SARMs Side Effects

While SARMs are still relatively unexplored chemicals, they have quickly earned a reputation for being a safer alternative to anabolic androgenic steroids, or AAS. 

But it’s important to remember that there are both SARMs benefits and side effects. 

This is something that many people don’t realise. And the reason for that is that SARMs are now widely celebrated across many different communities – medical, healthcare, fitness, and exercise, for example – for having fewer side effects. 

This is all due to how they work. As selective modulators, SARMs bind only to specific receptors, impacting desired tissues while demonstrating little effect on other parts of the body. They’re able to separate the anabolic effects – things like muscle growth – from the androgenic effects, such as increased body hair and more aggression. 

Research shows that SARMs are effective at what they do. But that doesn’t mean we can overlook the potential risks of using unapproved chemical substances. 

How common are SARM side effects?

The truth is that no one really knows how likely it is that side effects will be experienced. SARMs are still in an investigative phase. This means that individual studies can report their own findings, but there is still not enough available evidence to fully identify reactive patterns, or to be 100% sure that any noted reactions are due to the chemical rather than underlying physiological characteristics. 

What we do know, however, is that studies have found that, on average, around 50% of participants will report some sort of undesirable side effect from SARMs. 

It appears that some users may not notice any side effects of SARMs at all, while others could find that the side effects they’re experiencing outweigh the risks. 

What side effects can SARMs cause?

The general consensus amongst researchers today is that ‘SARMs have few side effects’, and the most commonly reported side effects are generally quite minor. 

These minor side effects include things such as mood swings and acne, as well as a possible decrease in high-density lipoprotein cholesterol. And one of the most notable SARMs side effects in men is a reduction in the size of the testicles. 

Major side effects are understood to be less common, and are currently being investigated to determine the level of risk and likelihood. Some researchers have put forward theories that the long term use of SARMs could contribute towards the development of blood clots, myocardial infarction, and liver damage. The research available to date suggests that symptoms can improve by stopping SARMs usage.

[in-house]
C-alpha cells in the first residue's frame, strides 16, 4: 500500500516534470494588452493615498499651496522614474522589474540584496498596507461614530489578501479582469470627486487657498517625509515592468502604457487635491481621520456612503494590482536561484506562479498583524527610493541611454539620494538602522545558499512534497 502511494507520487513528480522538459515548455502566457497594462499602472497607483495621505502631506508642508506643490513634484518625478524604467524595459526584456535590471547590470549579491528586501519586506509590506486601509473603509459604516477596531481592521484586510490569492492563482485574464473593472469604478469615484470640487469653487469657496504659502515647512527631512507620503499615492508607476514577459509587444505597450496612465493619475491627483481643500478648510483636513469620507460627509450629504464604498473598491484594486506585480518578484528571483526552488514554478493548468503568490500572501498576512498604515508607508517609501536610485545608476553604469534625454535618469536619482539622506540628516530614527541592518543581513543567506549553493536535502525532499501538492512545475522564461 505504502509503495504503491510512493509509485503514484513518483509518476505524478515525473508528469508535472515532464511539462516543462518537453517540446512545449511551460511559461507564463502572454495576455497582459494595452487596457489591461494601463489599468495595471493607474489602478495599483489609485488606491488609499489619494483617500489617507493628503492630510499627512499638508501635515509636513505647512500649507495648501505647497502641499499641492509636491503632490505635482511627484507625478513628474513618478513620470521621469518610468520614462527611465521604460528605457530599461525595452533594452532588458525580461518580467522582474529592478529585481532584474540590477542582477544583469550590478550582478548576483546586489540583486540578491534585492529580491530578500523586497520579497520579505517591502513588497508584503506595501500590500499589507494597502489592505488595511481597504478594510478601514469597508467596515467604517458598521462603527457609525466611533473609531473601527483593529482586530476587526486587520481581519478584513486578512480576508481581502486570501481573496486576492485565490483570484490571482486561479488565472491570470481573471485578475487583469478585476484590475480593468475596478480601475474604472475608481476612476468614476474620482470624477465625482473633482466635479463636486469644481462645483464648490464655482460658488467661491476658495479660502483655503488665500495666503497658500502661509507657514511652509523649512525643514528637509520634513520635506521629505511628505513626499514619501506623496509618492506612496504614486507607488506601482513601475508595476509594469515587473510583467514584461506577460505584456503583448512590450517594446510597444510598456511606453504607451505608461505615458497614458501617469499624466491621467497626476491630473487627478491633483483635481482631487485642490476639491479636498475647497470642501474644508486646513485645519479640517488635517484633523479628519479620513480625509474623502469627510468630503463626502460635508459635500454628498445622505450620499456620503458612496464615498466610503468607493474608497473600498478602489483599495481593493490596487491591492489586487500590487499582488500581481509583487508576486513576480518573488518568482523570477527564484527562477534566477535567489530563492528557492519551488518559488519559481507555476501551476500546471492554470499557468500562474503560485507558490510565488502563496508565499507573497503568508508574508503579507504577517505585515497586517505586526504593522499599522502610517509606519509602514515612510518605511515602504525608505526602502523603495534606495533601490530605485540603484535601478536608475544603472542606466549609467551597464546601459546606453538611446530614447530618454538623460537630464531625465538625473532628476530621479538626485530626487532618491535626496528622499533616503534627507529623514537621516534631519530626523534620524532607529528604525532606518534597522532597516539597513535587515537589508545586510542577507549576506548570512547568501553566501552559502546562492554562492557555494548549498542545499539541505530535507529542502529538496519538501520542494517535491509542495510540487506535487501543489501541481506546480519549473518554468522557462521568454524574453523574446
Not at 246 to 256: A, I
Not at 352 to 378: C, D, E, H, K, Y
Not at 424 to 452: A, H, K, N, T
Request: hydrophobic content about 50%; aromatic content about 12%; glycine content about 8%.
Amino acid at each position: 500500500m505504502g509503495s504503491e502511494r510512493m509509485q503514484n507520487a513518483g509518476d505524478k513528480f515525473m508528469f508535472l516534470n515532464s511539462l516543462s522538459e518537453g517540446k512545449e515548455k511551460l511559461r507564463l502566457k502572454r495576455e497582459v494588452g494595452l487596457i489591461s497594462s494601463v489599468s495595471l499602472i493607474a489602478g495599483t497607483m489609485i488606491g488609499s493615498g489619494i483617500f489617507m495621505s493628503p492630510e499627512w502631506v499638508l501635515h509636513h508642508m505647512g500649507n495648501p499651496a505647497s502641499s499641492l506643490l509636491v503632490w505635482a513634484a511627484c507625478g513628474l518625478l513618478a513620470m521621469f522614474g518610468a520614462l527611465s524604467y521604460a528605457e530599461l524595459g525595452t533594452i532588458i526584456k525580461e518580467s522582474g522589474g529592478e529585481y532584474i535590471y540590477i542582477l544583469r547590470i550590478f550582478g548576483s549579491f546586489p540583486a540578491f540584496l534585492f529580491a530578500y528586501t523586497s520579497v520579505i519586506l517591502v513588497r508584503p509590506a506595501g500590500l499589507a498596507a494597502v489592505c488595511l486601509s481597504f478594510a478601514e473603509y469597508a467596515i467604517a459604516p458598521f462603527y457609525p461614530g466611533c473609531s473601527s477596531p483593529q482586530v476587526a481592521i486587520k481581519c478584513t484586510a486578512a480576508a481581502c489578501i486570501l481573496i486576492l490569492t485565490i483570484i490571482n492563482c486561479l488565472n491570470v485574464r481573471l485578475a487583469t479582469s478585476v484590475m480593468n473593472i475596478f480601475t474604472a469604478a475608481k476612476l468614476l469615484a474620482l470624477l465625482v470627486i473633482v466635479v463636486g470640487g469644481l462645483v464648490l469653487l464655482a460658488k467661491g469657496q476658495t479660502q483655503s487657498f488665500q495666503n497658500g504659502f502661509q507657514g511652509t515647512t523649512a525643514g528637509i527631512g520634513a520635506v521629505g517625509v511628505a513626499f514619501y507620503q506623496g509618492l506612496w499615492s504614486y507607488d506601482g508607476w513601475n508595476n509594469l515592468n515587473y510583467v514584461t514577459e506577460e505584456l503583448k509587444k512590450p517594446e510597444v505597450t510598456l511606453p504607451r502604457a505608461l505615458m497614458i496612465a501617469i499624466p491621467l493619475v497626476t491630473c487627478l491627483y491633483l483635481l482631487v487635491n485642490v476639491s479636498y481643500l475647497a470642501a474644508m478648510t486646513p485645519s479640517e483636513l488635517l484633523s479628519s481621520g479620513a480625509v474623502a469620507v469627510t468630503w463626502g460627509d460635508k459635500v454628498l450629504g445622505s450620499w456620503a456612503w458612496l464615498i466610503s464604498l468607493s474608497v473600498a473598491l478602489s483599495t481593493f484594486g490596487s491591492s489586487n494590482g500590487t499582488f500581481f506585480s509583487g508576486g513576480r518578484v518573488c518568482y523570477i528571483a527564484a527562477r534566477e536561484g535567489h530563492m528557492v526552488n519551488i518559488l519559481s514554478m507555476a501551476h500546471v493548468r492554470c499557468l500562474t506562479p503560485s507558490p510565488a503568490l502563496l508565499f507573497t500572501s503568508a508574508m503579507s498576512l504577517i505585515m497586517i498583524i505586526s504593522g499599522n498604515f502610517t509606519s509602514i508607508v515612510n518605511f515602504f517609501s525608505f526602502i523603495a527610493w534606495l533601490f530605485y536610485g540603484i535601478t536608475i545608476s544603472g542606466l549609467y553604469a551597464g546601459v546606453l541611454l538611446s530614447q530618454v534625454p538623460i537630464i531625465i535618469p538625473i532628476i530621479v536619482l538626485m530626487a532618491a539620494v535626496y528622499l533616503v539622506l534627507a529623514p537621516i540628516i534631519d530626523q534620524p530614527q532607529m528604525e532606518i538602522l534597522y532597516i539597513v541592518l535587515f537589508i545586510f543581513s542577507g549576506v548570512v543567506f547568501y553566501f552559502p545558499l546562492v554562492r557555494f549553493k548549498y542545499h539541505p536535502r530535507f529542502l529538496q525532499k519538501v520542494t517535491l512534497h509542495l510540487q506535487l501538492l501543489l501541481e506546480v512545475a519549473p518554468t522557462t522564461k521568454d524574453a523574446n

Is there a ‘safe’ SARM?

Today, there are currently no SARMs that are approved by either the European Medicines Agency (EMA) or the Food and Drink Administration (FDA) so from an official standpoint, there is technically no ‘safe’ SARM. However, it is possible that some types of SARM could pose less of a risk in terms of side effects than others. 

Different SARMs work in different ways, and have varying levels of potency. Andarine S4 is sometimes considered to be the SARM with least side effects because, as reports note,’it is regarded as being comparatively weaker than other popular SARMs’. Therefore, while Andarine S4 may cause some side effects, it is scientifically less likely than more potent chemicals to spark unwanted changes in the body. 

Are SARMs side effects normal?

With studies finding that around half of all people will experience some sort of side effect from SARMs, it is not unusual for users to notice some minor effects. However, it is always recommended that anyone displaying new or unusual symptoms that are not normal for them and their body to discuss this with a healthcare professional. 

‘Promising results have been obtained in preclinical investigations and initial clinical trials, but long-term safety, tolerability and efficacy studies in patients are still necessary’ – Expert Opinion on Drug Discovery, Volume 8, Issue 2.